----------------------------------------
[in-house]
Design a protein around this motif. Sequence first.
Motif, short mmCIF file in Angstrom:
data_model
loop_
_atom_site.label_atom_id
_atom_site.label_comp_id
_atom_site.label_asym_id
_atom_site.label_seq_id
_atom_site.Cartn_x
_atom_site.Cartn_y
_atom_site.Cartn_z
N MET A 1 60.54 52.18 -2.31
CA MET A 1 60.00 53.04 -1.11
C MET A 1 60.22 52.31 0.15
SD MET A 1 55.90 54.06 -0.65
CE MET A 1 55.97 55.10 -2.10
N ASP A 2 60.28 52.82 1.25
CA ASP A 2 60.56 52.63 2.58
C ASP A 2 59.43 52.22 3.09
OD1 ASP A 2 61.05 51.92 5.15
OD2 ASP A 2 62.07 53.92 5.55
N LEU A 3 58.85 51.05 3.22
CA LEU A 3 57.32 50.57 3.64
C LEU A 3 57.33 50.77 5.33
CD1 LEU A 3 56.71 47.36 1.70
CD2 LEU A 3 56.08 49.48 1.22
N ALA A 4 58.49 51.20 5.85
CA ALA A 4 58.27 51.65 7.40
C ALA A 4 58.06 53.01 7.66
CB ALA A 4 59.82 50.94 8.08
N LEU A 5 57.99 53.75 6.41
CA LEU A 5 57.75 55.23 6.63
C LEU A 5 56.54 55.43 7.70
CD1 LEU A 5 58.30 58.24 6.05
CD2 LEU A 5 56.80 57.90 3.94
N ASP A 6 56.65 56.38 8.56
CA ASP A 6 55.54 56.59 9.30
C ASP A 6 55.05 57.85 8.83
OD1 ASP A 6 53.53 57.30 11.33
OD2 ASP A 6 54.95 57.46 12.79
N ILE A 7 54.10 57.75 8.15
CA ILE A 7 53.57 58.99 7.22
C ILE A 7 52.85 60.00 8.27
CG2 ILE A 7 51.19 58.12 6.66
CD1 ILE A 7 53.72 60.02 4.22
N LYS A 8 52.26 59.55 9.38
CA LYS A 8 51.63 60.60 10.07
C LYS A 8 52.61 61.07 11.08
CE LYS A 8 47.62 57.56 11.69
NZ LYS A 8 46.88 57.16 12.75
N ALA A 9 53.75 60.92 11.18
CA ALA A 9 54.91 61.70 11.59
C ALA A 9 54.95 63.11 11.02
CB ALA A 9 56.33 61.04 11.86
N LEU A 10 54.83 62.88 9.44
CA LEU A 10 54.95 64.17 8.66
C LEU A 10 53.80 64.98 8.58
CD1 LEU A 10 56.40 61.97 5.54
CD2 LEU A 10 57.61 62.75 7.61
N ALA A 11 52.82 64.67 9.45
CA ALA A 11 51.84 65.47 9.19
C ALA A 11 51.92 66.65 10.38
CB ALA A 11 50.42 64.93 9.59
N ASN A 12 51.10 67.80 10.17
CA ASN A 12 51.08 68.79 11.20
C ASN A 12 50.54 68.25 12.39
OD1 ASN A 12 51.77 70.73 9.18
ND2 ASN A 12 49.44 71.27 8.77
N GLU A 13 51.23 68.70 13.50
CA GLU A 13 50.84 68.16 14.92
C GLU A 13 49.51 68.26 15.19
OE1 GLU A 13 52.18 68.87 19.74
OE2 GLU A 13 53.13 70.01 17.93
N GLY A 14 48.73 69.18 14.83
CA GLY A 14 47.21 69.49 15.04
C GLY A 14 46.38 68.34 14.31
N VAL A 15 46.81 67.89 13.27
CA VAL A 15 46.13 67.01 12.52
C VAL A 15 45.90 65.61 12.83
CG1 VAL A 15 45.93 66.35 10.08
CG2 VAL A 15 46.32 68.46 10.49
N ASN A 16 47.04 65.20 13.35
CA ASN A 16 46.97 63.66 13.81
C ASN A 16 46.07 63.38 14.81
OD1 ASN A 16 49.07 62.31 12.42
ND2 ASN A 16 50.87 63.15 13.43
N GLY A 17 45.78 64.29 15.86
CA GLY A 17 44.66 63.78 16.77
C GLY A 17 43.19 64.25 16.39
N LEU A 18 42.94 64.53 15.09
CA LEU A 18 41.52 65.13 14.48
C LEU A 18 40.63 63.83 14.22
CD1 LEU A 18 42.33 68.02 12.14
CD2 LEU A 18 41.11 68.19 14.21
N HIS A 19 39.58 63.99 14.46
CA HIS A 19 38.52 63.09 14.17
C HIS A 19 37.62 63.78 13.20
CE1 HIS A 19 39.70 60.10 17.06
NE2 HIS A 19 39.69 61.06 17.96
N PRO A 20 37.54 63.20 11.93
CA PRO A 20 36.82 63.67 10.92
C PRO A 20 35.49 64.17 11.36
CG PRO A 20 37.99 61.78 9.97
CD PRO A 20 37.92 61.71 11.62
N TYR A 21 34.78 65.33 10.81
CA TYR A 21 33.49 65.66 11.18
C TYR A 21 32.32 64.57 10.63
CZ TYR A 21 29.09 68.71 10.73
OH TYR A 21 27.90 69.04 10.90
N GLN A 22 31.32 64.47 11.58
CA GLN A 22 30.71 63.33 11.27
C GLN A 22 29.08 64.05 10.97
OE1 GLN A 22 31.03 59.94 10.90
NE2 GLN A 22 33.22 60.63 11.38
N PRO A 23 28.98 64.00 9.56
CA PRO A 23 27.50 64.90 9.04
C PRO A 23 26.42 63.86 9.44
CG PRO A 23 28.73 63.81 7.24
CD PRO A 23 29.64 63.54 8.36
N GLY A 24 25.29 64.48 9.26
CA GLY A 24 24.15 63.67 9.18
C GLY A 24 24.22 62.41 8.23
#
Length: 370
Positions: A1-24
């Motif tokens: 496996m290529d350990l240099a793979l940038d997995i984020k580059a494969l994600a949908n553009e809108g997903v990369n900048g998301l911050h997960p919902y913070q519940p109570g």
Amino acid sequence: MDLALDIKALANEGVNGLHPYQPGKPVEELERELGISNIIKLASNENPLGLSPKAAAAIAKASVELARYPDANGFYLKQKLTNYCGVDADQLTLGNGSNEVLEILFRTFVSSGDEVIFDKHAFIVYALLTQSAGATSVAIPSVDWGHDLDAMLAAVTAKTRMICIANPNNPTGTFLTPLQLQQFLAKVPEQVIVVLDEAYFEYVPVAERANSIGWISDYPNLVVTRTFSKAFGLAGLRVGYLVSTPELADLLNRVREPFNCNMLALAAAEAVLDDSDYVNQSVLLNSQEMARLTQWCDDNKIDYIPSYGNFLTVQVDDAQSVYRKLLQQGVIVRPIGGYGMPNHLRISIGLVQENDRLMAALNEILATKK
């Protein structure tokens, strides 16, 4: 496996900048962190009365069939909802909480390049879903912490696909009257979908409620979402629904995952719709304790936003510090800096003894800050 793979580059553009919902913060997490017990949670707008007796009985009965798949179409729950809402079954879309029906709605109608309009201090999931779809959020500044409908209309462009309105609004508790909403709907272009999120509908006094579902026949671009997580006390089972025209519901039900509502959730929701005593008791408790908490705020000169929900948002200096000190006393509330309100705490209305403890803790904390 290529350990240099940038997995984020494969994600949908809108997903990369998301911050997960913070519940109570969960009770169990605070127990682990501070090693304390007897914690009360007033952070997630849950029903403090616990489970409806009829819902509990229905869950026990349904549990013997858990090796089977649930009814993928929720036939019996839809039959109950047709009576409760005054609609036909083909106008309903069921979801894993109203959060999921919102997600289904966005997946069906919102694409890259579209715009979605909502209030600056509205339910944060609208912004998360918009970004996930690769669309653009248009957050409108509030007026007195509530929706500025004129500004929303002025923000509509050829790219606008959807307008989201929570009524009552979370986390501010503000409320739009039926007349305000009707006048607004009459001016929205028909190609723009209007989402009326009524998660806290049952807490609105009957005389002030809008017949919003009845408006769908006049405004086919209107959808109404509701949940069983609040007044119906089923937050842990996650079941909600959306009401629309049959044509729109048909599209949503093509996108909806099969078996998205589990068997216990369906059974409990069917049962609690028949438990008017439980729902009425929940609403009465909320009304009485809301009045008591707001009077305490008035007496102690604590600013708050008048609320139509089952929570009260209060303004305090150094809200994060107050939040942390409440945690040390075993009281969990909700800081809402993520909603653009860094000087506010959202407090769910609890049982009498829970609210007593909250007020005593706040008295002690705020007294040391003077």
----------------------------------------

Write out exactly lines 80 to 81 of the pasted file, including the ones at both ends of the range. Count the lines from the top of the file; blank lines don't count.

C VAL A 15 45.90 65.61 12.83
CG1 VAL A 15 45.93 66.35 10.08